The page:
Long about seventh grade, I discovered two things. The first was fanfiction. Yes, yes, I know it has the reputation of being all smut and no substance, but I’d argue that smut can have substance, and I can prove beyond any doubt that smut is not all there is to fanfiction; not by a long shot. And there was no way in hell that I was going to write smut in seventh grade. I knew what sex was: an icky, icky thing that nobody should write about, let alone want to read unless they wanted babies. The second thing I discovered was manga, and yes, I will apply the same arguments against all manga being smut and/or fluff as I did to fanfiction. Put two and two together to figure out what came of these discoveries.

It’s hard to develop your own characters, after all. They don’t always do what you want, and even when they do, it’s not always what you thought it was going to be. It was much easier to practice with someone else’s characters. I still had that whole angsty drama thing going on, though, and plot, now that I was working on longer stories? “It needed work” is putting it somewhat kindly. But the artist inside me was convinced that I was still writing these deep, dark, cathartic, universal truths, and they were mine and mine alone, and life was painful… Yadda, yadda. Not quite goth, not quite depressed. Just an introverted, occasionally bullied, hormonal teen girl with a rich fantasy life and a good creative outlet. Honestly, though, I did (and still do) write fiction better when I’m upset unless I’m writing humor or romantic fluff (and even then, the latter is not always a sure thing). Soon enough, I’d accumulated several 5-subject notebooks full of stories, more than half of which should never see the light of day.

That’s pretty much how my writing continued through high school, even though I did start realizing that I had an inflated ego when it came to prose. When you ask for critiques on fanfiction.net, and the good writers take you seriously, you tend to get knocked down a peg or two. Still, I won’t say I’m the pinnacle of humility. I still get tetchy when I get criticized, though much less so when I deem the criticism warranted and actually take it into account. It certainly helped when I went through an emotionally rocky relationship in high school, though. Even when someone said, “Hey, you really need to work on _____”, I took that and poured my heart and soul into my next story. It is probably in large part due to being able to lose myself in words that those years weren’t as miserable as they could have been. (Note to my high school friends: you are great and my angst was not your fault. I refer you to the paragraph above about being hormonal and teenaged.)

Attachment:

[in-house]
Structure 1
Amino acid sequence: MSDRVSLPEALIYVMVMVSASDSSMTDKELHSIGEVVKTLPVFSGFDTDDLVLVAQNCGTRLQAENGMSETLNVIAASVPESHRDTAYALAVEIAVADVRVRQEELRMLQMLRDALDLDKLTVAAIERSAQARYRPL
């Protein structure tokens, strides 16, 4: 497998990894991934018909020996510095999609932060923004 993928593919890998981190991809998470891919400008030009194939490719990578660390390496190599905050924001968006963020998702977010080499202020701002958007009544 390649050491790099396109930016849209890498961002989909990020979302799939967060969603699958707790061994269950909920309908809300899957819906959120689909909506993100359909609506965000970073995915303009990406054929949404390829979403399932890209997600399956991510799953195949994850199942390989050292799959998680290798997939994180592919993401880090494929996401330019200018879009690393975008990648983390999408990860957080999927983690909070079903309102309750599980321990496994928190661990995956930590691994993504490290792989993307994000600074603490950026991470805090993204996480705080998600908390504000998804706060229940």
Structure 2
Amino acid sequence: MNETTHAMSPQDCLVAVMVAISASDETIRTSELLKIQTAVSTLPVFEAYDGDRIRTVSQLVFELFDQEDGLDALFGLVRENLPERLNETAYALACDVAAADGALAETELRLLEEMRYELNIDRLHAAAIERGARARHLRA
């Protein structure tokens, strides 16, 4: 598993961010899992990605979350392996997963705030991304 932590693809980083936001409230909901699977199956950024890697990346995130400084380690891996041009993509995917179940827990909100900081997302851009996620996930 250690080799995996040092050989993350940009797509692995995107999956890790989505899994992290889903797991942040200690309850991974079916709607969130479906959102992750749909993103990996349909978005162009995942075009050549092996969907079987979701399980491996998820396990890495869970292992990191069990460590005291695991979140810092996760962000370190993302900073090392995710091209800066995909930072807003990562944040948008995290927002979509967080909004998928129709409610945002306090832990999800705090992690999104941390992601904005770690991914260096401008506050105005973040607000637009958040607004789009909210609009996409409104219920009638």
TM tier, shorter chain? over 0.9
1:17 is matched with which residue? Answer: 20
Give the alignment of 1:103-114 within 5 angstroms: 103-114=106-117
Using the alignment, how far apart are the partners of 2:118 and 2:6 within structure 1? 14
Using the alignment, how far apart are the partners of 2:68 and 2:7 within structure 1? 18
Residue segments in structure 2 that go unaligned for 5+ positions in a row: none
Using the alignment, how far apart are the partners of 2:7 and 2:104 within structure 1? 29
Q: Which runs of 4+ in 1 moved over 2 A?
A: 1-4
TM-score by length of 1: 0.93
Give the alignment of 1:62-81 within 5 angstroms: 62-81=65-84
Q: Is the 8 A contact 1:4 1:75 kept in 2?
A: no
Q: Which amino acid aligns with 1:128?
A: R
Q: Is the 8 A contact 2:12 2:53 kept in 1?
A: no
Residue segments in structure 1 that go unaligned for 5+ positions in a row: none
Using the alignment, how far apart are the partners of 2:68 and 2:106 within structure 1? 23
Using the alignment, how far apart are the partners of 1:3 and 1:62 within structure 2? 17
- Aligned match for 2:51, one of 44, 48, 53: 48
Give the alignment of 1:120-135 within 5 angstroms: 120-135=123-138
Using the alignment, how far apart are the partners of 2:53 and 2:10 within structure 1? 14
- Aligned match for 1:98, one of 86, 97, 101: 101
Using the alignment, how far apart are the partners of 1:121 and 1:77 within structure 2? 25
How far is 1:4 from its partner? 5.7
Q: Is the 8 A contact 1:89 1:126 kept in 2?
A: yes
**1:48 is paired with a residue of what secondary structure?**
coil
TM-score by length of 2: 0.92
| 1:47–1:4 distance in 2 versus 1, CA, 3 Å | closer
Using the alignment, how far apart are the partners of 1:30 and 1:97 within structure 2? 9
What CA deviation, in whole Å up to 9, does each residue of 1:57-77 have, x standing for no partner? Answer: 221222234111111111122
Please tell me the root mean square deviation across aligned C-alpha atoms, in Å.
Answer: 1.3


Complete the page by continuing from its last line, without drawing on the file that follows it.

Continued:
It wasn’t until I went through the transition from high school to college, underwent a general transformation including losing a lot of weight for health reasons, and gained several more wonderful friends (and started an actual healthy relationship with the boyfriend) that I realized that even in happiness, I still had words pouring out of me, and that I should write them down. So, I did. Some, I posted as Facebook notes. Others, I just kept in a file in my documents folder on my laptop. A few months ago, a relative who I had just met (my extended family is, in a word, expansive) told me I should keep it up. And then my boyfriend suggested a blog, and well, here we are.

It’s probably a typical story, but it’s important to me because it’s my story, my graphogenesis. Motivation is not something to be underestimated, and over the years, no matter what I’ve gone through, no matter what’s changed or stayed the same (including my writing style), the drive to write (and read!) has been a constant, a source of comfort, and something I hope I never lose.